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‘This is not a science problem anymore': Paths emerge for scaling up rare disease medicine

Jared Whitlock (Endpoints News)

July 27, 2023

In 2014, the National Institutes of Health posted an estimate that at the current pace of drug development and approval, it would take 1,000 years to get treatments for the 7,000 known rare diseases.

A paper at the time suggested speeding up that work by grouping together similar diseases, and then treating these patients with the same therapy in a single clinical trial.

A similar idea — and other ways to go faster — are now getting closer to reality, pushed forward by new technical, economic and regulatory approaches. The framework is being created by companies like Moderna, by scientists who developed custom therapies that have the potential to benefit a larger population, and by a mother who knows the pain when a medicine doesn’t arrive in time.

Since 2014, the FDA has cleared 180 therapies for rare conditions. But the science has been especially slow to reach the rarest of rare conditions, where drugmakers struggle to eke out profits. Ninety-five percent of rare diseases still lack a treatment, a number that may be even higher amid genetic testing pointing to previously unknown rare conditions.

A system designed for something different

The 2014 paper on scaling was based on small-molecule drugs. But advances in gene editing and other plug-and-play technologies could provide an even quicker path.

“Our whole system is set up around developing one treatment for one disease. The idea of therapeutic platforms is one that’s coming along,” said PJ Brooks, acting director of the division of rare diseases research innovation at the National Center for Advancing Translational Sciences.

Brooks, one of the authors of the paper, is also involved in a $42 million NIH program calling for proposals to support gene editing multiple diseases in a single clinical trial.

Those multi-disease trials would change the sequence of the guide RNA — which shuttles CRISPR to the right spot in the genome — but keep everything else the same, including the gene editor and the route of administration.

Intellia Therapeutics is interested in the approach.

In March, the FDA approved Intellia testing its experimental CRISPR medicine for a rare disorder called hereditary angioedema, showing that the agency is increasingly willing to allow trials for therapies that edit genes in the body. And although that therapy is designed for a single disease, Intellia is hopeful that it’s a step toward quickly rejiggering its gene editing platform for other diseases.

“We have these modular components that now regulatory agencies have seen,” Intellia chief financial officer Glenn Goddard said.

Another push to scale rare disease medicines can be traced to Julia Vitarello’s plea to help her daughter, Mila. In 2017, it resulted in a landmark for the field: a treatment tailored to one person’s unique genetic mutation, developed in just under a year.

Mila’s drug halted her rapidly progressing condition, an ultra-rare form of Batten disease, and improved her quality of life over three years. Still, it was too late for the advanced-stage disease, and in 2021 Mila died at 10 years old.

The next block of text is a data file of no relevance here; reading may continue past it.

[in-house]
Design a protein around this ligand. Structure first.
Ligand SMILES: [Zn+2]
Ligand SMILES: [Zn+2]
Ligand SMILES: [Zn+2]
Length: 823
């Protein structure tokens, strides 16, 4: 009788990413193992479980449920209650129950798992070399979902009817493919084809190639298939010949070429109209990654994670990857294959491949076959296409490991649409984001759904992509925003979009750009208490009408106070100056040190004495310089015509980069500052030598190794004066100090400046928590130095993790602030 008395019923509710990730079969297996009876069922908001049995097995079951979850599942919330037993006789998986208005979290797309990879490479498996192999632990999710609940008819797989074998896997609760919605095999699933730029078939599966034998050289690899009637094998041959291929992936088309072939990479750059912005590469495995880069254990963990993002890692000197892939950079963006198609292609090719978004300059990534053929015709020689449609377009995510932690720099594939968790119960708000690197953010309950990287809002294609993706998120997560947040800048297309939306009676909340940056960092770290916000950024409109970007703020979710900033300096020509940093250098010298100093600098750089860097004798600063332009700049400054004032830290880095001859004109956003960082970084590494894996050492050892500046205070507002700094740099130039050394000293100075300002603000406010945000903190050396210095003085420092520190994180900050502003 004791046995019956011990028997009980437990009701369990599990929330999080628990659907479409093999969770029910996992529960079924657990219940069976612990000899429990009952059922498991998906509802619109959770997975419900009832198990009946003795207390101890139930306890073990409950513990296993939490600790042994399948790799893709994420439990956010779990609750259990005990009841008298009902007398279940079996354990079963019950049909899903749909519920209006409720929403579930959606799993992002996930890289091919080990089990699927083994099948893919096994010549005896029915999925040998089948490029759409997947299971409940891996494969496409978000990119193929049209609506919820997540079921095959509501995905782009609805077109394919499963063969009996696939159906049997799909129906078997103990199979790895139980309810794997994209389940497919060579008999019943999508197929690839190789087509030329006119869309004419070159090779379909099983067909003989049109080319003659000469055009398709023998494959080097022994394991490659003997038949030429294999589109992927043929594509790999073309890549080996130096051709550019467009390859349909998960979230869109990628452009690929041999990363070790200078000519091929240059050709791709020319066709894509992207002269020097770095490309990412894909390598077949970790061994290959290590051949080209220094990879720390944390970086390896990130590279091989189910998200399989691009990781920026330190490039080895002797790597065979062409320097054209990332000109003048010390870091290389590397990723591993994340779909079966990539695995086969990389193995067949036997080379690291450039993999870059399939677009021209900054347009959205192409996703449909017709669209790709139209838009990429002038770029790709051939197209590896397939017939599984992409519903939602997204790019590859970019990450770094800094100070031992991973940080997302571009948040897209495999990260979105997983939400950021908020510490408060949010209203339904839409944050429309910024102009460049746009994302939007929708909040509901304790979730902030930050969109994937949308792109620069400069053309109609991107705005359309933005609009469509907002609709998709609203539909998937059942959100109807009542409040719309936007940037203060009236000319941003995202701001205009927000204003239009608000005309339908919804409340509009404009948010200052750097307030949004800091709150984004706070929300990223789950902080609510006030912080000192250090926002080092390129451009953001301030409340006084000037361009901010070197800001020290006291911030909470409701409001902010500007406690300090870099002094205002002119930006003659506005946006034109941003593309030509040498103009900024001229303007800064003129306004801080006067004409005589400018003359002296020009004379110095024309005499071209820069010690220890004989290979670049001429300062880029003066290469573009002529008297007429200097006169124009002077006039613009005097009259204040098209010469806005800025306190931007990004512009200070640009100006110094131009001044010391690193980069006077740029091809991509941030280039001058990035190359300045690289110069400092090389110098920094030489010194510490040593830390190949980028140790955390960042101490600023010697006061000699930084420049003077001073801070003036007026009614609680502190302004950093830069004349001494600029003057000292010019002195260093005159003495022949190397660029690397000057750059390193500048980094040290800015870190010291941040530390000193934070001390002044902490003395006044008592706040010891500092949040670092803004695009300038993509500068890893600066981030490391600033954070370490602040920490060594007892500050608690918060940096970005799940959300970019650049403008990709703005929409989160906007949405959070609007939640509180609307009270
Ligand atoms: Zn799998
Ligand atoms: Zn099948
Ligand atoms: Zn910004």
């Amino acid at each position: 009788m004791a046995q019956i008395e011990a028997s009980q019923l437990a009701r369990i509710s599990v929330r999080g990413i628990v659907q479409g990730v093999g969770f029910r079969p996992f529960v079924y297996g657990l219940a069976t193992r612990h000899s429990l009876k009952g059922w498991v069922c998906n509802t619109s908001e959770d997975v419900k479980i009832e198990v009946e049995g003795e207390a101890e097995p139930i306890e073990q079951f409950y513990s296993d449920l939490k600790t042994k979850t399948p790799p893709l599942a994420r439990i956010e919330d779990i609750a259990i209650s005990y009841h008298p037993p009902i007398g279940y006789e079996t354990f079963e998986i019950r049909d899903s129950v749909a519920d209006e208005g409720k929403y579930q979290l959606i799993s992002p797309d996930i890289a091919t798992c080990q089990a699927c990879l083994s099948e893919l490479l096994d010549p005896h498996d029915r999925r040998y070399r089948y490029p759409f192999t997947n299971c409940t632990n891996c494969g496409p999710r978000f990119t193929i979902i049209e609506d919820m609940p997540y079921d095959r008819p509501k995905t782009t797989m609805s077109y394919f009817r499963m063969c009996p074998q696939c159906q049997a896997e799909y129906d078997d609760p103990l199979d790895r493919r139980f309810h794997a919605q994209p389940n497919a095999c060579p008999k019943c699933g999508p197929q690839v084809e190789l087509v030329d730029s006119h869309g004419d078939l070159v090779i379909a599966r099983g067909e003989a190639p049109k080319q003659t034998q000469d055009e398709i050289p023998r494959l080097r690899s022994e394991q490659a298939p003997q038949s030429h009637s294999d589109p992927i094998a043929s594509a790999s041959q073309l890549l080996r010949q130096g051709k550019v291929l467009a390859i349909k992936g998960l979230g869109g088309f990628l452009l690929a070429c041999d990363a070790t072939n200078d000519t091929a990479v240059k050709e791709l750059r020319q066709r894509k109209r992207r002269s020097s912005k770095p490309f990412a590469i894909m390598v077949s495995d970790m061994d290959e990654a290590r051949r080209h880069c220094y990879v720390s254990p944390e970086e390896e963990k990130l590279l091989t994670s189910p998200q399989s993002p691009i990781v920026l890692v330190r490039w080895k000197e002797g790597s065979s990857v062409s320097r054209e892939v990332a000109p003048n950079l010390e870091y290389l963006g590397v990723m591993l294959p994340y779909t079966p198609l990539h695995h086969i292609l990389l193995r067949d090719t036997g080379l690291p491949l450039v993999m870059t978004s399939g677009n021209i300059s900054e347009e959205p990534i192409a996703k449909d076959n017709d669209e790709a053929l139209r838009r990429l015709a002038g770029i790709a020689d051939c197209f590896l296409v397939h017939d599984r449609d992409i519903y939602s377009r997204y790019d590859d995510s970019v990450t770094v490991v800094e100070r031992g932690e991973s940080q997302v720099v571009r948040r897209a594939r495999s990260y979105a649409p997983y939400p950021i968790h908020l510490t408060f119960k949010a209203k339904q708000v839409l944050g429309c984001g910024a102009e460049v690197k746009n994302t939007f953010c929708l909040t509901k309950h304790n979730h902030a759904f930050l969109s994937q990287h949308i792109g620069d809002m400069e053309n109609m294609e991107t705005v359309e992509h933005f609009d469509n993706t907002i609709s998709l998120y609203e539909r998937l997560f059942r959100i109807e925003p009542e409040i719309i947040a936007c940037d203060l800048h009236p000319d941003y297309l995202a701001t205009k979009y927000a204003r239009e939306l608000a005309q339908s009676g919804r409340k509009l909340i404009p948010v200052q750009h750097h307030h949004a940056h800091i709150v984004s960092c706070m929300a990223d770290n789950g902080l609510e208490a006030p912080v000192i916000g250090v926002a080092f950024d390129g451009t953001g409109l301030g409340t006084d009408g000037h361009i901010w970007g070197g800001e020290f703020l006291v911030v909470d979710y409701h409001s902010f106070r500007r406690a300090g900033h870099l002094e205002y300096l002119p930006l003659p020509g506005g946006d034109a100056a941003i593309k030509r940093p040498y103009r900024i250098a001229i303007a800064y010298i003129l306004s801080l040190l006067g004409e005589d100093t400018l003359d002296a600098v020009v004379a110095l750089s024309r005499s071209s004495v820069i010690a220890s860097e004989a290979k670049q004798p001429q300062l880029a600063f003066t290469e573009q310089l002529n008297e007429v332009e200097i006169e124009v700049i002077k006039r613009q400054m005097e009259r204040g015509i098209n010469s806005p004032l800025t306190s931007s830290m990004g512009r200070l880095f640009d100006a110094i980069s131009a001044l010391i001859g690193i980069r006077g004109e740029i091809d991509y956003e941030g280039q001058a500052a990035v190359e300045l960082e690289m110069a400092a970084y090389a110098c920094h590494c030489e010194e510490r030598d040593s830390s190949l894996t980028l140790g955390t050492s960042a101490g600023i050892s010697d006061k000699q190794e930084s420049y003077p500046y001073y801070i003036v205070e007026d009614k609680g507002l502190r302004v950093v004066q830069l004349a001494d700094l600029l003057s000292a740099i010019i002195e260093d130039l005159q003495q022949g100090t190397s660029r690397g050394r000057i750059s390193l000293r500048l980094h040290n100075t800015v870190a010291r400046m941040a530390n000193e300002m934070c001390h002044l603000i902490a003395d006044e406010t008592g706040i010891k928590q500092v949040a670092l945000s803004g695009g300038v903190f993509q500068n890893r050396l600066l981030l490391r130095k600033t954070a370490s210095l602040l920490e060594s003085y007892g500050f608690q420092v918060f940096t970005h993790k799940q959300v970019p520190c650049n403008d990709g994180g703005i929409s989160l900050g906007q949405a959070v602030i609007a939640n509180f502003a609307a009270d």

Vitarello works from Mila’s old room — the sheets and fairy curtains still the same — on the company she co-founded, EveryONE Medicines. EveryONE is trying to make this type of drug development sustainable — or what she calls “Mila to millions.” The company has backing from venture capital firms like Khosla Ventures.

“This is not a science problem anymore. We have the technology to find the underlying disease cause and create a drug for it,” Vitarello said.

By technology, she’s referring to antisense oligonucleotides, which insert snippets of genetic code to patch genetic mutations. The genetic sequence can be easily changed — making the system programmable for targeting various diseases — and designed in such a way to reach a wider population.

The doctor who led the creation of Mila’s drug, Timothy Yu, showed in a recent paper that antisense drugs could treat up to 15% of patients with ataxia-telangiectasia, a rare condition made up of many mutations. And importantly, he estimated that not every individual would need their own custom-made therapy. Experts believe the findings could be a road map for more quickly developing treatments in other rare conditions.

In yet another approach, Moderna — which brings deep experience with regulators and scientific cachet — has aimed its mRNA technology toward rare conditions, including especially rare conditions like Crigler-Najjar syndrome type 1. It occurs when the liver cannot break down a substance created by red blood cells, causing children to die young.

“We’re going full steam in rare disease,” CEO Stéphane Bancel told Endpoints News in an exclusive interview last month.

All these technologies look to play a role amid a great need: One in 10 people have a rare disease.

Not just a finance challenge

Moving those sorts of treatments from the lab to patients will require different regulatory approaches. In draft guidance, the FDA relaxed testing requirements for antisense medicines aimed at only one or two patients. But rare disease advocates say much more could be done.

Whitlock, J. (2023, July 27). “This is not a science problem anymore”: Paths emerge for scaling up rare disease medicine. Endpoints News.



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